Oh, and if you thought Ohio State’s experience or talent advantage heading into 2015 was already unfair, it looks even more unfair when considering they also return four starters on the offensive line, two of whom earned all-conference honors last season. First team All-Big10 right guard Pat Elflein and second team All-Big10 left tackle Taylor Decker should lead one of the more formidable line units in the country. Billy Price returns at left guard, where he started every game last season as a freshman, and the only new starter, RT Chase Farris, is a senior, although he has no career starts.
Joey Bosa is the only member of the defense to be suspended for the season opener, but he is easily the biggest loss. Bosa’s 21 tackles for loss, 13.5 sacks and four forced fumbles were all team highs last year, and will be missed against Virginia Tech. Fortunately, Bosa returns after the opener. Adolphus Washington will have to pick up the slack up front. Washington was a force on the interior of the line last season with 10.5 tackles for loss, 4.5 of which were sacks. Washington and Bosa will be joined up front by two new starters: DT Tommy Schutt and DE Tyquan Lewis.
Both outside linebackers Joshua Perry and Darron Lee return to start for the Buckeyes. Perry and Lee were a productive duo last year combining for 25 tackles for loss, 10.5 sacks and three interceptions. Raekwon McMillan will be the “new” guy at middle linebacker. McMillan is only new in the sense that this will be his first year as the starter. He still had 42.5 tackles, 6.5 for loss, 2.5 sacks and an interception as a backup last season, so he isn’t exactly “raw”.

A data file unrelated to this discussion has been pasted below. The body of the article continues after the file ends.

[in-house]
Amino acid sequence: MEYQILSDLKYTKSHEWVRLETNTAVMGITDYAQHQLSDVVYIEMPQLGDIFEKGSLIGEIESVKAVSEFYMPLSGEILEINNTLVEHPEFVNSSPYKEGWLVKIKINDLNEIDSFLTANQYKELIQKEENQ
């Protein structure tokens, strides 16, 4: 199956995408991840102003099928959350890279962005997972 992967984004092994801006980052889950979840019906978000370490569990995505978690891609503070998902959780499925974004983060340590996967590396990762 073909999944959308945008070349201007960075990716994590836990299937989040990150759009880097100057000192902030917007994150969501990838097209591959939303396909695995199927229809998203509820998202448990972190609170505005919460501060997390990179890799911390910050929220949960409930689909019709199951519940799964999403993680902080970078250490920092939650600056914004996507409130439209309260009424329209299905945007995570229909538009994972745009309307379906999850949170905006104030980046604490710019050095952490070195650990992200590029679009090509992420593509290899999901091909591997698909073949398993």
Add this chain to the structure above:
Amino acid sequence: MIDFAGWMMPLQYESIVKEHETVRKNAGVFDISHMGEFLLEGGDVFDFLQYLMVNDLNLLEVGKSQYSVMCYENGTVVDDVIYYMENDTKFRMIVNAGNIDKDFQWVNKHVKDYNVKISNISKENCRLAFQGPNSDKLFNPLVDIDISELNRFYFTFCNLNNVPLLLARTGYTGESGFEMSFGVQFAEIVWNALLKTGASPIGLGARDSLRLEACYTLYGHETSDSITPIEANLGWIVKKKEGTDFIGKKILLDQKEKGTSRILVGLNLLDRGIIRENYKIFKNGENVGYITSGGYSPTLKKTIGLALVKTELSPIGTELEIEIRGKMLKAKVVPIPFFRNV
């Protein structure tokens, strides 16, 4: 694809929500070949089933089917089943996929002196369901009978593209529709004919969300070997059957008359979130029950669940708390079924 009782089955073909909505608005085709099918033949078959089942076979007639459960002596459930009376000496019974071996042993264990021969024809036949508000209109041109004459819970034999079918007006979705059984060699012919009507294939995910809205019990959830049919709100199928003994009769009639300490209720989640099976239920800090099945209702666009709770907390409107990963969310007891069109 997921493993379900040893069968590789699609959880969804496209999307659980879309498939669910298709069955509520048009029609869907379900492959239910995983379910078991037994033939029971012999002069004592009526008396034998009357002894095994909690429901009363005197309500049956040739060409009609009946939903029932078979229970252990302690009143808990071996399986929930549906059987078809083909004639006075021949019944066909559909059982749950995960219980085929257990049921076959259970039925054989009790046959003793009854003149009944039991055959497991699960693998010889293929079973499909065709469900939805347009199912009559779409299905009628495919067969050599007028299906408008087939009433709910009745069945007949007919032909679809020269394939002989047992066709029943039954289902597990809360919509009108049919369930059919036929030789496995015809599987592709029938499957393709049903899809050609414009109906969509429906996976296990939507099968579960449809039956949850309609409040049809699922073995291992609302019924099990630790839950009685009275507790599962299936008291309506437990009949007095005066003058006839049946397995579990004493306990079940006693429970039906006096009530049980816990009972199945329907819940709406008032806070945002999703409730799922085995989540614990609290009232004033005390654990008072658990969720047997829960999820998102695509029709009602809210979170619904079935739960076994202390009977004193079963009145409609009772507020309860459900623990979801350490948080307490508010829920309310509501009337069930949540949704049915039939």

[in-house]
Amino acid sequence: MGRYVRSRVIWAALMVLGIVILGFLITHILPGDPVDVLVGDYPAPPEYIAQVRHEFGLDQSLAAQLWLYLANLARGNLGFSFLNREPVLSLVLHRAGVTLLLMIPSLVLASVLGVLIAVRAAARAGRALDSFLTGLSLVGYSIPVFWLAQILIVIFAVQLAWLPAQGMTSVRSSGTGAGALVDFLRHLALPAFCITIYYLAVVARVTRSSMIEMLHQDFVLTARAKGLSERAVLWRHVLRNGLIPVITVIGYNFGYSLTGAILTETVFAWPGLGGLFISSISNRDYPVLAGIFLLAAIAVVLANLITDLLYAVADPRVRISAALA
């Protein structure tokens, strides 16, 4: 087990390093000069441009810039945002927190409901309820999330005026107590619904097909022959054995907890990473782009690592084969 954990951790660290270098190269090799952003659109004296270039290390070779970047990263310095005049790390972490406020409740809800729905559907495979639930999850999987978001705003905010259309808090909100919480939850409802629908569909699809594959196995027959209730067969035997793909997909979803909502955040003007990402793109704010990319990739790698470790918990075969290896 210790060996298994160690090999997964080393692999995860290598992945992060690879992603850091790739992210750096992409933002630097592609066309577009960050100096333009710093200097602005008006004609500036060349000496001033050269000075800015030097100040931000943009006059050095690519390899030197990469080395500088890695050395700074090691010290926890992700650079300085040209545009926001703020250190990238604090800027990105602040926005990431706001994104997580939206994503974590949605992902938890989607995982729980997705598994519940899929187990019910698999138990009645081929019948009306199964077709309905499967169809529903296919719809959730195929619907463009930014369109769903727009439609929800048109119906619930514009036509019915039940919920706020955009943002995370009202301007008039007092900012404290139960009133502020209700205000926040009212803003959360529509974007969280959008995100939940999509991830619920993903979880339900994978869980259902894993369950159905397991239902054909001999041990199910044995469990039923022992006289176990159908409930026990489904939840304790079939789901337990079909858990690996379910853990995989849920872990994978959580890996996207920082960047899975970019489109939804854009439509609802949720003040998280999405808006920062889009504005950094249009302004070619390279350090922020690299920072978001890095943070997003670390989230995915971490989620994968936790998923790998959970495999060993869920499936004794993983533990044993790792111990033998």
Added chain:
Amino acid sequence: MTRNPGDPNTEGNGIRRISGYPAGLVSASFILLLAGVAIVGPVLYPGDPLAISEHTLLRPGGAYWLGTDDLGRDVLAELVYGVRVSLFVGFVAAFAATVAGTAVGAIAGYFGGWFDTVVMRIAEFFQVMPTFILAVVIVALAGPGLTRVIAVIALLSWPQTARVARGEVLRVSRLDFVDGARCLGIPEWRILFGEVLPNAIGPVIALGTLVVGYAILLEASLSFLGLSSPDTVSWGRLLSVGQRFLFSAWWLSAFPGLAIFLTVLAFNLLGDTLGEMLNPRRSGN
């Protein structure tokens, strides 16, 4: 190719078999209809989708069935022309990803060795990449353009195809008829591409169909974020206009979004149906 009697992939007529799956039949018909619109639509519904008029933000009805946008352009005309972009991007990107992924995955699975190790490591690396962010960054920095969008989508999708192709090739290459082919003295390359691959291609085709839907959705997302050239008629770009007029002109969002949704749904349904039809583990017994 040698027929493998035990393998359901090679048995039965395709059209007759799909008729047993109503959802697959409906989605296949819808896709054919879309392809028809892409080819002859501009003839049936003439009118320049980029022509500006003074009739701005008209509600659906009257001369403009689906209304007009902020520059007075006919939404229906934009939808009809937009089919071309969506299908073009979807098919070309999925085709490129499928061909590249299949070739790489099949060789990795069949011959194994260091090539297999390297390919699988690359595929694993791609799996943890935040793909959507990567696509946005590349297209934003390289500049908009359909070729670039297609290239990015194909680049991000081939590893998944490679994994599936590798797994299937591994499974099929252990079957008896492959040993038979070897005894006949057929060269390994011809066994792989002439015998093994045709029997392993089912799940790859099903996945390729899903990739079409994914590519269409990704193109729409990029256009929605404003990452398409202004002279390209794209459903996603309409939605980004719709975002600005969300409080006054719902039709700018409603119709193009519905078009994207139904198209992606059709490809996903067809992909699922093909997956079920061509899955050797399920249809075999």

On the back end of the defense, Ohio State returns both safeties. Vonn Bell and Tyvis Powell proved to be a very adept pair of coverage safeties last season combining for 10 interceptions and 10 pass break-ups. Eli Apple also returns at corner after picking off three passes and breaking up ten more as a starter last season. Gareon Conley is the only new starter in the defensive backfield replacing the departed Doran Grant. Conley broke up two passes as a freshman last season.
Prediction: 13-0 Big 10 Champion and Playoff Team
I know I’m not exactly stepping out on a limb with this prediction, but it’s hard to objectively look at this team and not see a playoff team. Urban Meyer is a phenomenal recruiter and coach, and this team returns 14 starters from last year’s national championship team. That being said, it wouldn’t be completely surprising for them to drop a game in the regular season, or the Big 10 championship game maybe, however if I were putting money down on it I’d have them running the table at least until the playoff. Beyond that, it’s difficult to forecast without really knowing who they will be lining up against. The most likely source of a regular season loss would likely be the opener against Virginia Tech, or one of the two final games of the season against Michigan State and Michigan.